What, Why, How, and So What of Paper Writing

One of the most difficult and perplexing part of research and by extension graduate school is writing and publishing your work. It’s a key part of the research process and important for building your own career. But how to write a technical paper well is often unclear to new students. It took me a few papers before I got there hang of it, and sometimes it’s still hard to figure out where to start. The easier part for a student to write is usually the results since they have the data. But just data is not enough. You can tell you’re getting better when there are fewer revisions between you and your advisor and they make fewer red marks.

Your research paper or presentation is a bit like a sales pitch and debate rolled into one. You want to give a clear, concise, and logical argument for the validity and impact of your work. On one hand you want to convince the audience that your work and results are significant and add to the greater body of knowledge like a sale’s pitch. On the other hand you need to defend your techniques, results, and theories like a debate. For my students, I tell them the paper and/or presentation should answer the “What, Why, How, and So What” of the research. These are usually what the reader or audience is looking for, consciously or not.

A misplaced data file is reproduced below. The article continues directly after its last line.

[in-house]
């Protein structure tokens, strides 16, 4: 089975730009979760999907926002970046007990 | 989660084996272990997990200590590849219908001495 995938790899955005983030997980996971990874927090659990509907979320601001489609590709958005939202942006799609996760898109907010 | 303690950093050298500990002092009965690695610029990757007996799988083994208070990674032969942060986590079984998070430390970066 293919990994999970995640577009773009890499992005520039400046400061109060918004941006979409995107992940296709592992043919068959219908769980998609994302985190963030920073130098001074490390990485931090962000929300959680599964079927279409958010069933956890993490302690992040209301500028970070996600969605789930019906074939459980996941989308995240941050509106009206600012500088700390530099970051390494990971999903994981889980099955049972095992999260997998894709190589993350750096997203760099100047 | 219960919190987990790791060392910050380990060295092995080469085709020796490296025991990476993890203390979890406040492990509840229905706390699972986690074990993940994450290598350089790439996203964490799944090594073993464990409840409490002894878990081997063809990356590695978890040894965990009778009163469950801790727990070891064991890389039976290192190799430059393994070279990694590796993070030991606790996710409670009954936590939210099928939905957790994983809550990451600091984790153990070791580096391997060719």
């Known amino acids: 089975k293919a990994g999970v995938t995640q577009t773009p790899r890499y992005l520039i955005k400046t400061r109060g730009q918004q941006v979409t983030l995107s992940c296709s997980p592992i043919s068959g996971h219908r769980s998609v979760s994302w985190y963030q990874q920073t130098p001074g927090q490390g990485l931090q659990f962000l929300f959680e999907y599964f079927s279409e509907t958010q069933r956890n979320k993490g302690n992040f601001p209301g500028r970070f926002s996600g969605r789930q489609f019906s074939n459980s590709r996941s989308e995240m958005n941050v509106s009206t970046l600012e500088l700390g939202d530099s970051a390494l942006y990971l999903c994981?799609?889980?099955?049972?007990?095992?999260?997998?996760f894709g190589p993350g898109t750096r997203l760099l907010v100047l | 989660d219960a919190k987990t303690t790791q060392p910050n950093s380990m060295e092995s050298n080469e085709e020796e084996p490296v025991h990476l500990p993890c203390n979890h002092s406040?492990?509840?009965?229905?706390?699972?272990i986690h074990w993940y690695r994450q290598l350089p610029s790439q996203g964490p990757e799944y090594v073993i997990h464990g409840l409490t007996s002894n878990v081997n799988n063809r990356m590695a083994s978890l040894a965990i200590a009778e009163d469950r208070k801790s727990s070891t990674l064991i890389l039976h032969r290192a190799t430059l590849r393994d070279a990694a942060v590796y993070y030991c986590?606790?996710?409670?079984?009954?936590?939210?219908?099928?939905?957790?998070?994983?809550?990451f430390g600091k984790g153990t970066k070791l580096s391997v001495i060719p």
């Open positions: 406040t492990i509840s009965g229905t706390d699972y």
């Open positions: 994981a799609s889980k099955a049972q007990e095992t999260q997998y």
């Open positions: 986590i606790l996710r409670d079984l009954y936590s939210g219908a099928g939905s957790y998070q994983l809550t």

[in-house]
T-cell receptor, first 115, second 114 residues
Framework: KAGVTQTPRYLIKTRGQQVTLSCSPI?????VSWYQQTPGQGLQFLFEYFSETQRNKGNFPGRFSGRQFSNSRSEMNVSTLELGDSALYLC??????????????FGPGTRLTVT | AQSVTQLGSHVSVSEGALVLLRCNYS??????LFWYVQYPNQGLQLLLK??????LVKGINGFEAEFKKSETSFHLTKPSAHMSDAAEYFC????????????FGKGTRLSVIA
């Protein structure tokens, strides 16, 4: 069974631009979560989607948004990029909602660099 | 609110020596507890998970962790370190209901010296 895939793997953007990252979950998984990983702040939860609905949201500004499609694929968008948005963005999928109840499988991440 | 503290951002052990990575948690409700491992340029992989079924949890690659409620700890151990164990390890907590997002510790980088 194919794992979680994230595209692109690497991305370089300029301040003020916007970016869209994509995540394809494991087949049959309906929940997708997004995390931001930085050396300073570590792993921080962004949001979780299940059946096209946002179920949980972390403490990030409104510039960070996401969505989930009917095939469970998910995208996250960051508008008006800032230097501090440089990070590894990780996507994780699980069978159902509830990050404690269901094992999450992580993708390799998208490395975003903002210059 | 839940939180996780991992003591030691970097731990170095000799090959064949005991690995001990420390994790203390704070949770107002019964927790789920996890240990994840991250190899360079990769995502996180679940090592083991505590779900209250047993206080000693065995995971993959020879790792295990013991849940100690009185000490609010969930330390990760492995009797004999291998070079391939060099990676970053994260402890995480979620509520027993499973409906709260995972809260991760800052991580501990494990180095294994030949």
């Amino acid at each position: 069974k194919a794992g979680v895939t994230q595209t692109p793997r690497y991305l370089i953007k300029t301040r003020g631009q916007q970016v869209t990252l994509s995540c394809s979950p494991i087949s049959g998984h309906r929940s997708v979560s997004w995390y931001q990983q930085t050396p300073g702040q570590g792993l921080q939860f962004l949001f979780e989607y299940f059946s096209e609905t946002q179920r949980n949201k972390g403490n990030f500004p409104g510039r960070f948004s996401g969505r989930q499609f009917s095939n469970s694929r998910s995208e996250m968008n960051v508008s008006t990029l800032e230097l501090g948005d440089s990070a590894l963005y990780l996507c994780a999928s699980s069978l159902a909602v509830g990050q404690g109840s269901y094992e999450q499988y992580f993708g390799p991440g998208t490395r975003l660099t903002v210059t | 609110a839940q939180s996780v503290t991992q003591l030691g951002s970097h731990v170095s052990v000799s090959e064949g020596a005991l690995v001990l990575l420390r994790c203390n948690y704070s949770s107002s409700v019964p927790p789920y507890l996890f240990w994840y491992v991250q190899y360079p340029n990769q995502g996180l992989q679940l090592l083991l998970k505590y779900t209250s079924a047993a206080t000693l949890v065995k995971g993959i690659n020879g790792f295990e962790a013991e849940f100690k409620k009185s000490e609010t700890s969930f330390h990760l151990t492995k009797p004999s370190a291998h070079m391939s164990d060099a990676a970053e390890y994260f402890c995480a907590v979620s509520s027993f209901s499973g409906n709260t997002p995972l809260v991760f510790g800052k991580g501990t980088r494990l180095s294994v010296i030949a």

What: What are you doing/what did you do? This is the simplest question to address. This could be a few sentences in the abstract or intro that talks about what the work you’re taking about is and the goal of the project.

For example: “This work conducted experimental measurements of the size distribution of the Whos in Whoville using electron microscopy. The goal is to determine if exposure to elephants alters their growth patterns.” (I recently watch the movie Horton Hears a Who.)

Why: Why are you doing this work? The immediate answer maybe “because my advisor/boss told me to.” That is not the answer you’re looking for. The why question address the big picture. Why is this work important? What kind of impact can it have if successful? This is your selling point if you will. Maybe your work can lead to a cure for cancer, or more efficient car engines, or a better way to do space travel, or a better technique to teach children. The why question gives the reader and audience the reason to care about your work.